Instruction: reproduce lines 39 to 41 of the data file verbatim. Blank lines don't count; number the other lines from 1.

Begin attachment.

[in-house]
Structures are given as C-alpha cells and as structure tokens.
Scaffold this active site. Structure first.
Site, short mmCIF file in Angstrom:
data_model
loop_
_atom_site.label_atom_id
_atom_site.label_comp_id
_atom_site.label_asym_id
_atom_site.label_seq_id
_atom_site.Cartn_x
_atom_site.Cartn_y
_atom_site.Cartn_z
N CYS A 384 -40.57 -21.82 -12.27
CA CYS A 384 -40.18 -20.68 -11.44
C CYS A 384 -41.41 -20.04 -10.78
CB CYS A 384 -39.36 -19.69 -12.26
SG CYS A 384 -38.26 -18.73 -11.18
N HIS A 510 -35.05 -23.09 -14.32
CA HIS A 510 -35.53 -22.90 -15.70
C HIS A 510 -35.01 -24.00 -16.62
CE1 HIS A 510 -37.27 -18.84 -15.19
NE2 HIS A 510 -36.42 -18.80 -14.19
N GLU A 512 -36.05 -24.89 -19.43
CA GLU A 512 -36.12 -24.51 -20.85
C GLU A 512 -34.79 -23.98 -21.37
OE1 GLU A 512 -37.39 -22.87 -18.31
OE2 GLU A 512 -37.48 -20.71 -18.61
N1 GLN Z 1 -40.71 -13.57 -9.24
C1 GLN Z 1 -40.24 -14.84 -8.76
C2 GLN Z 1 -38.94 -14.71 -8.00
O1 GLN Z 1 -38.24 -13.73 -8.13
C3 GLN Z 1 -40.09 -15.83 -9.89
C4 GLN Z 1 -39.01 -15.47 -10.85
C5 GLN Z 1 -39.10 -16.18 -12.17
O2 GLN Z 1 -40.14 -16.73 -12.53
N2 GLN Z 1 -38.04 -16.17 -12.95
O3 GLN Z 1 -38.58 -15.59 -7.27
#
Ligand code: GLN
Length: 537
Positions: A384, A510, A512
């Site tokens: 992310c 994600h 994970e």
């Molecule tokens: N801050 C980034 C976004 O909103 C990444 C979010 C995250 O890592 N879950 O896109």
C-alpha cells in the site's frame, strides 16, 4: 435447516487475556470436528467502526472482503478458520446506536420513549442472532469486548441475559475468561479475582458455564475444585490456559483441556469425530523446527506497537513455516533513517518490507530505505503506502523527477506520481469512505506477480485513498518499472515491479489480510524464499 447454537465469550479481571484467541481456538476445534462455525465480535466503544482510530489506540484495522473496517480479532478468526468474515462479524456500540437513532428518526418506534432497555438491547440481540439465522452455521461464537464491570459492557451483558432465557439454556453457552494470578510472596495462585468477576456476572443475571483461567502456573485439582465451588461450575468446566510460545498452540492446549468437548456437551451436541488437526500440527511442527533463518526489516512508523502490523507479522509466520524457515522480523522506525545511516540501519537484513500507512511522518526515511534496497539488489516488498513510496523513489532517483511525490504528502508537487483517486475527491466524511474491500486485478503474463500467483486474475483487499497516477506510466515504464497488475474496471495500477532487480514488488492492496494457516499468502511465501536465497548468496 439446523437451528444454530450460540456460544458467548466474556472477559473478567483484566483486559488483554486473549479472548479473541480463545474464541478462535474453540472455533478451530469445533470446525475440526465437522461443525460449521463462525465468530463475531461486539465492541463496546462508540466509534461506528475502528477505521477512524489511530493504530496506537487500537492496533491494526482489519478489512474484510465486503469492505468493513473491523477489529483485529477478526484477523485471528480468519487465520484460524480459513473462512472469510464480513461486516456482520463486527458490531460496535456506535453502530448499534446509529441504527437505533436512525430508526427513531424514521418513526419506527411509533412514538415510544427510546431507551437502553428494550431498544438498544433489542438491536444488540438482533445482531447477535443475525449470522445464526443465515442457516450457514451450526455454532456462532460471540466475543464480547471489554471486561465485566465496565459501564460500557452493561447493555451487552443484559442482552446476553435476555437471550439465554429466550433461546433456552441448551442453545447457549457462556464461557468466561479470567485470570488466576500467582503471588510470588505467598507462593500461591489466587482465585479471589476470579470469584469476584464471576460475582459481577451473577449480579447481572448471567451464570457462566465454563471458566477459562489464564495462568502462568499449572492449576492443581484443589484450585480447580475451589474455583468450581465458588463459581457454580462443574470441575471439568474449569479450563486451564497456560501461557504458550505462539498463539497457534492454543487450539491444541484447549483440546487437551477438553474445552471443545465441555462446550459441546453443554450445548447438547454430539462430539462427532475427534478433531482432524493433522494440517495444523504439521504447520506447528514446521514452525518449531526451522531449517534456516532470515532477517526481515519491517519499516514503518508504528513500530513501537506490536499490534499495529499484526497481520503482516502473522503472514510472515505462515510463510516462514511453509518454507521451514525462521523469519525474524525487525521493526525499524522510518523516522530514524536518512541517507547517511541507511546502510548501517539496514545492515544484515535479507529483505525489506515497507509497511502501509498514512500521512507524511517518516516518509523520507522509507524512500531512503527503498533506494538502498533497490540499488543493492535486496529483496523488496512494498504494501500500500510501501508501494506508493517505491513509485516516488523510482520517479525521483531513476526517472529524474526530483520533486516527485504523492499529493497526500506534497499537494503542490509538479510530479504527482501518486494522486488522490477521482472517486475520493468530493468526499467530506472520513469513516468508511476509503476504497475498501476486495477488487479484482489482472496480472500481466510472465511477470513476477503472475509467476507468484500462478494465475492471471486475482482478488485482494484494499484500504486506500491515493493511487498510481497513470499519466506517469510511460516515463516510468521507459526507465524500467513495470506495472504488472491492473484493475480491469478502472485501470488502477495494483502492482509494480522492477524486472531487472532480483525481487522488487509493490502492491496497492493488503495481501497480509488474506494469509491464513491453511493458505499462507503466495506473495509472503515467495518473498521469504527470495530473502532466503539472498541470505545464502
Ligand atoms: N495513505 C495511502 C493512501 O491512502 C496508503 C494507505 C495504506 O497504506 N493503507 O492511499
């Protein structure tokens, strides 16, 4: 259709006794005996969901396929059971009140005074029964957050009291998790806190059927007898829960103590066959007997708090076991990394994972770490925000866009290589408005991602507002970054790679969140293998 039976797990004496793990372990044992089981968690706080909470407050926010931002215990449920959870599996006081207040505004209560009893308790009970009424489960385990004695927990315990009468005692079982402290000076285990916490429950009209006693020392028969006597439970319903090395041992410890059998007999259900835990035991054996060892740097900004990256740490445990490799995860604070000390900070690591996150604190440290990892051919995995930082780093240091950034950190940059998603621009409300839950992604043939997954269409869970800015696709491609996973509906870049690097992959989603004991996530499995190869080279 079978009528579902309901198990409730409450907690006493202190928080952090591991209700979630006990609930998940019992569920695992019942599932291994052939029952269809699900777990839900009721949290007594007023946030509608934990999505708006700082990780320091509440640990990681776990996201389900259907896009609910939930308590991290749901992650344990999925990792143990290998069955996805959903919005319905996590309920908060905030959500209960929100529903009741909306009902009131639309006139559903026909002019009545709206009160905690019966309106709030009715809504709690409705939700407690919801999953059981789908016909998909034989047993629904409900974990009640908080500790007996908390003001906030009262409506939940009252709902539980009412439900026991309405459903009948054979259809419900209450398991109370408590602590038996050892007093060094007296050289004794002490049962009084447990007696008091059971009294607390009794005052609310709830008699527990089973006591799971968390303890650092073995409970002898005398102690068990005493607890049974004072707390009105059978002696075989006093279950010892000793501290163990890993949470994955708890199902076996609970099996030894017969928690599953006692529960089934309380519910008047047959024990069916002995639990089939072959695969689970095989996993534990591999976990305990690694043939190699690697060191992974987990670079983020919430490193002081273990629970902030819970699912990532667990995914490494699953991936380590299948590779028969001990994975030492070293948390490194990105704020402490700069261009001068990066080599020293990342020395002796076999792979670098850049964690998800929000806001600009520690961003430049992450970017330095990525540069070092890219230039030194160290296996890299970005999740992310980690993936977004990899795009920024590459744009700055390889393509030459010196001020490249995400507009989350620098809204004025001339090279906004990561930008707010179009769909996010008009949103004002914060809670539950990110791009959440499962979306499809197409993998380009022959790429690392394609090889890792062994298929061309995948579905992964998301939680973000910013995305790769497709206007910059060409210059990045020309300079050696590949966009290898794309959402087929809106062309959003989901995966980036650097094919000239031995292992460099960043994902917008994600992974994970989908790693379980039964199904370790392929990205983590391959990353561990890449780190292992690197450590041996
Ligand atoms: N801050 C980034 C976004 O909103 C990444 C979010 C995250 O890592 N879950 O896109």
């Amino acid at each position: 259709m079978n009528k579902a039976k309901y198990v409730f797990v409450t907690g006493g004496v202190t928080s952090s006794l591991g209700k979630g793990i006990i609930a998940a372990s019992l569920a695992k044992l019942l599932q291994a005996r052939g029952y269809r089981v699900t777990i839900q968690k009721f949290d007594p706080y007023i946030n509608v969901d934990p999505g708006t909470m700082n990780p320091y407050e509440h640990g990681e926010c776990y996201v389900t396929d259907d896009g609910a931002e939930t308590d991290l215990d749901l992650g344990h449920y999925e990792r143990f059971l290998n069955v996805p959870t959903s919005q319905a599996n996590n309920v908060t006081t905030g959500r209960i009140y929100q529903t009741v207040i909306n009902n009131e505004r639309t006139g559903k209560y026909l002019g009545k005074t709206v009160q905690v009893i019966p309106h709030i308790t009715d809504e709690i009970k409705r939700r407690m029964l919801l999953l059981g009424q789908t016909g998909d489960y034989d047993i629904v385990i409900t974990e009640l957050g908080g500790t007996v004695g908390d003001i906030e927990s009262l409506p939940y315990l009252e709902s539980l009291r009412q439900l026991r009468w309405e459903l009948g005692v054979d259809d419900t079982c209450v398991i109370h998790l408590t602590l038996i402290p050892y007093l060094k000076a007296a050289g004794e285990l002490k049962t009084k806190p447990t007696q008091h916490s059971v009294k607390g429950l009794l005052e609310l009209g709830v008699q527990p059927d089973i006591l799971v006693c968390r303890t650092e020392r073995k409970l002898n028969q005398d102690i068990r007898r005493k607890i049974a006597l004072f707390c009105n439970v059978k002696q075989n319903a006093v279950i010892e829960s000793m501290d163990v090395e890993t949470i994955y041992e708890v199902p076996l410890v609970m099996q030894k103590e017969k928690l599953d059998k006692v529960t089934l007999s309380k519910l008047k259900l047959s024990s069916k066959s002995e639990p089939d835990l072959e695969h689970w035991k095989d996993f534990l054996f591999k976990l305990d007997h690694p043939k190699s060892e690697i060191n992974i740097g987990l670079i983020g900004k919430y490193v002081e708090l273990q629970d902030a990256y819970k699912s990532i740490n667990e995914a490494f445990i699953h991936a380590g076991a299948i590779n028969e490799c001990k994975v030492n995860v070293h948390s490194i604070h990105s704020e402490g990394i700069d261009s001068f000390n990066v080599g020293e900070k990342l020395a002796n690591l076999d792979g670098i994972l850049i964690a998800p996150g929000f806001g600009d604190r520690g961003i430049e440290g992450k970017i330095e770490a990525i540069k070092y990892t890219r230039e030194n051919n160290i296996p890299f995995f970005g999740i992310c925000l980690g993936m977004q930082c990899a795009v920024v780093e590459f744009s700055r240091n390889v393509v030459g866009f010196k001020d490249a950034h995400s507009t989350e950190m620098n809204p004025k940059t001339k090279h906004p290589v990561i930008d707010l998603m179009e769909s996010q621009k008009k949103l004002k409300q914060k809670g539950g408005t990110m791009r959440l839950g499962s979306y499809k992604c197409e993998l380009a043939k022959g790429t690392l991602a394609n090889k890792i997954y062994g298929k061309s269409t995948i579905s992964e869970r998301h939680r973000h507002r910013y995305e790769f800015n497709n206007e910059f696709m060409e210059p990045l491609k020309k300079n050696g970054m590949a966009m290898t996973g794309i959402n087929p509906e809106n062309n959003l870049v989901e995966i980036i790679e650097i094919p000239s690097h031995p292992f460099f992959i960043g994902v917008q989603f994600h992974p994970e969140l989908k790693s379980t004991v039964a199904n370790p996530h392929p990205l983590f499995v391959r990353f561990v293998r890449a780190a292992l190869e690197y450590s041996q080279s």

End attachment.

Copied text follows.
#
Ligand code: GLN
Length: 537